63. Why Should I Need a Reason?
Dedication: This one's for my husband, because he needs no reason either.
Why Should I Need a Reason?
When I woke, I was all fizzy and squiggly and wiggly with happiness. But I did not jump out of my bed. I drew up the covers around me and huddled into the warmth. I was warm and happy through and through, from my head to my toes. I wanted to savour that feeling.
I was back in the small room in the palace of Meduseld where I had first woken after Éomer had rescued me from ending up first as the main act in an orc orgy and then as the main course in a barbecue. I was back in this room for the third time, actually. By now it felt like home.
The light was dim. The weather had probably not improved since yesterday, and the small stained window panes softened even the most brilliant summer sunshine. There was still not much to the room-just the wardrobe, the bed, a nightstand, a table and a chair, and the chest of drawers. White washed walls and a smooth wooden floor, the faint fragrance of lavender and roses from the wooden bowl of potpourri on the table. But I felt at home here. At home and at peace.
Time to take stock, I thought. Here I am, Lothíriel, the failed law student, sitting on a straw-stuffed mattress in a palace immeasurably far away from the Franconian hills where I had started out in August 2004.
Here I am, Lothíriel, the girl who walked with the fellowship.
Here I am...
I was not exactly unscathed. Neither physically, I mused, as I glanced at the pink scars around my wrists and ankles, nor where my heart and my mind were concerned. The memory of my last view of Boromir rose unbidden in my mind. And there was the question concerning the other Lothíriel that I still had not had the courage to ask. No, not unscathed. Nor unchanged. But here I was.
And on the chair in front of the small table in the corner was my old backpack. Its camouflage pattern had faded and the fabric was frayed around the edges. But it was still there. As was my sleeping bag, though my therm-a-rest had not made it beyond Amon Hen. I did not mind, as Aragorn had saved my most precious possessions from the disaster at Amon Hen, namely my sword Tínu, my dagger, the Elvish jewel from Glorfindel, the scarf from Gily, and the book Lady Galadriel had given me as a farewell gift.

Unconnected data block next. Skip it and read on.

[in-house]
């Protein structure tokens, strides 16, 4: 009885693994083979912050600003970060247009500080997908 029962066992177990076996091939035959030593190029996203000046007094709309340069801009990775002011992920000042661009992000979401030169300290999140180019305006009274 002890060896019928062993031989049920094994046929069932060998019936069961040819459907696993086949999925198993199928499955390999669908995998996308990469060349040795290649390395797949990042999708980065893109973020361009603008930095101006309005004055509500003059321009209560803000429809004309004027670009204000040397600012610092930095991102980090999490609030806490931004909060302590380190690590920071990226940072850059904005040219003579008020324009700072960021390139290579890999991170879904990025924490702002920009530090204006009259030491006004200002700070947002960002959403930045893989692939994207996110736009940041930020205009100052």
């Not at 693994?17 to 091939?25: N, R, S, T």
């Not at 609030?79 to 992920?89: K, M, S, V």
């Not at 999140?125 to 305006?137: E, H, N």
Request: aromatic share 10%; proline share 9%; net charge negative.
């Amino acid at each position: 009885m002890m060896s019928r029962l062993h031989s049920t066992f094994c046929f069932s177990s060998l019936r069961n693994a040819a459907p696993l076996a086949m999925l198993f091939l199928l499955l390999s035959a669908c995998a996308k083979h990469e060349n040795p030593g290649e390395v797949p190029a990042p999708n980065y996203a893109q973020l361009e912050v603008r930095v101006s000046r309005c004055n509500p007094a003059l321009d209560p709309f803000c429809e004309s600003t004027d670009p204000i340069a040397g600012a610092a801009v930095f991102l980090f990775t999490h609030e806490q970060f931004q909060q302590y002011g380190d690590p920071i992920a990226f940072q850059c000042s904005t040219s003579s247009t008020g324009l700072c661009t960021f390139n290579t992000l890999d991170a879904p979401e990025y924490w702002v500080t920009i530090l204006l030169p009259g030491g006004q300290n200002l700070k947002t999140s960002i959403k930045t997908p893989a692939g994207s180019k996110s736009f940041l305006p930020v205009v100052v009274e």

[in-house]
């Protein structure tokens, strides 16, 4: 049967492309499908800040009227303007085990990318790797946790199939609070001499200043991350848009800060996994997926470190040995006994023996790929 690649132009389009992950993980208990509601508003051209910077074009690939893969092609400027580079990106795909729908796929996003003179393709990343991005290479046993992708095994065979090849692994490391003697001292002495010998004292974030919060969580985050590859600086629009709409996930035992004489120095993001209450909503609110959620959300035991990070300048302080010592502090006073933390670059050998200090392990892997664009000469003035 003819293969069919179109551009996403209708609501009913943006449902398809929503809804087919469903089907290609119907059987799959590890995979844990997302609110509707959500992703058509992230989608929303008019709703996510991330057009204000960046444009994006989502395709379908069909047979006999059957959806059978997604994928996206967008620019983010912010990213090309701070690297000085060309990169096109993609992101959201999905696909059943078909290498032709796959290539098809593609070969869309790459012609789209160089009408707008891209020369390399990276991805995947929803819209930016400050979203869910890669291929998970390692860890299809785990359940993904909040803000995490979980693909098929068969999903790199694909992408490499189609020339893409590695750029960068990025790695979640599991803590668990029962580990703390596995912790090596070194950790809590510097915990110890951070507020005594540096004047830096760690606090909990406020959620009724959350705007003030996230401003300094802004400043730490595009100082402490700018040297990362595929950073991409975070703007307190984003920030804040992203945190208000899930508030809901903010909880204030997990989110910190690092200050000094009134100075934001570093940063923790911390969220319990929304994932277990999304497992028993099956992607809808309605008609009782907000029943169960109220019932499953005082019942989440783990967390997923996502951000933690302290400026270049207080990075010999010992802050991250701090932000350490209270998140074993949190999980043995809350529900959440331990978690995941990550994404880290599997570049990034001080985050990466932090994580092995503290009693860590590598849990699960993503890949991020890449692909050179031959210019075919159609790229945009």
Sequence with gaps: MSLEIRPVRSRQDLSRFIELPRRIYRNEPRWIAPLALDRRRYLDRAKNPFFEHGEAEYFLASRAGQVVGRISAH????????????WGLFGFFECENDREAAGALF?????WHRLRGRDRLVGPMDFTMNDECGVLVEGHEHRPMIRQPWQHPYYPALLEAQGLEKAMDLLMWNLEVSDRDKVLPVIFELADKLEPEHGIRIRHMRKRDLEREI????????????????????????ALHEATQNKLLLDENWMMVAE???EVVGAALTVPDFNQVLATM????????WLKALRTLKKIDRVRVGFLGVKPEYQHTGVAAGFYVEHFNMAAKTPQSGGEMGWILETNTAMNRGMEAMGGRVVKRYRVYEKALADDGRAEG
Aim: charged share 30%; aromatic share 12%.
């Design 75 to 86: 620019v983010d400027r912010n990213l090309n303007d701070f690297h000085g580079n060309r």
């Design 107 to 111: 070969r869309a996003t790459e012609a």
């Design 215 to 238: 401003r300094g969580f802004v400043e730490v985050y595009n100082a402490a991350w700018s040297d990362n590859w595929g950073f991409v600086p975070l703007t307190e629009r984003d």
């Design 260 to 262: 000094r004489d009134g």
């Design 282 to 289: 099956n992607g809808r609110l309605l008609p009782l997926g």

Now my backpack also held the leather bound journal Míri had given to me at Dol Amroth, when we had waited for the world to end in March, and the two small gems Glorfindel had sent me. I had to grin in spite of myself. As fairy tales go, this quest was not exactly a success for me in the way of worldly treasures. Although I had to admit that the few things I mentioned meant more to me than anything I ever owned back home.
And for the other kind of treasure that comes with fairy tales... I felt my heart thumping heavily in my chest. Sudden butterflies fluttered in my stomach, making me feel ever so tingly all over. A king to take me as his wife! I sat on my bed, the covers drawn closely around my body and shook my head at myself. I never even liked that kind of fairy tale!
Yet here I was-and Éomer now actually had the kingdom he wanted to offer me.
But would he?
That thought made me finally slip out from under my covers, wash and dress in one of my Rohirric outfits (comfortable leather trousers, a soft leather tunic and a green silk shirt). Due to the magical powers of Lady Darla of the Golden Scissors and the generosity of Míri, my wardrobe had improved marvellously.
When I was ready, I was more than adequately dressed for the palace of Meduseld. Now, don't get me wrong, I don't think that clothes are really important-apart from keeping you warm in winter or dry during rain-but wearing nice clothes in a palace is a big help for not to feeling completely out of place.
Silently thanking Míri and the genius of Darla, I opened the door and left my room in search for something to eat and some company.
Have you ever heard of Murphy's Law?
Two minutes after I had thought that I might actually look nice and palace-like in my new clothes I ran into Arwen.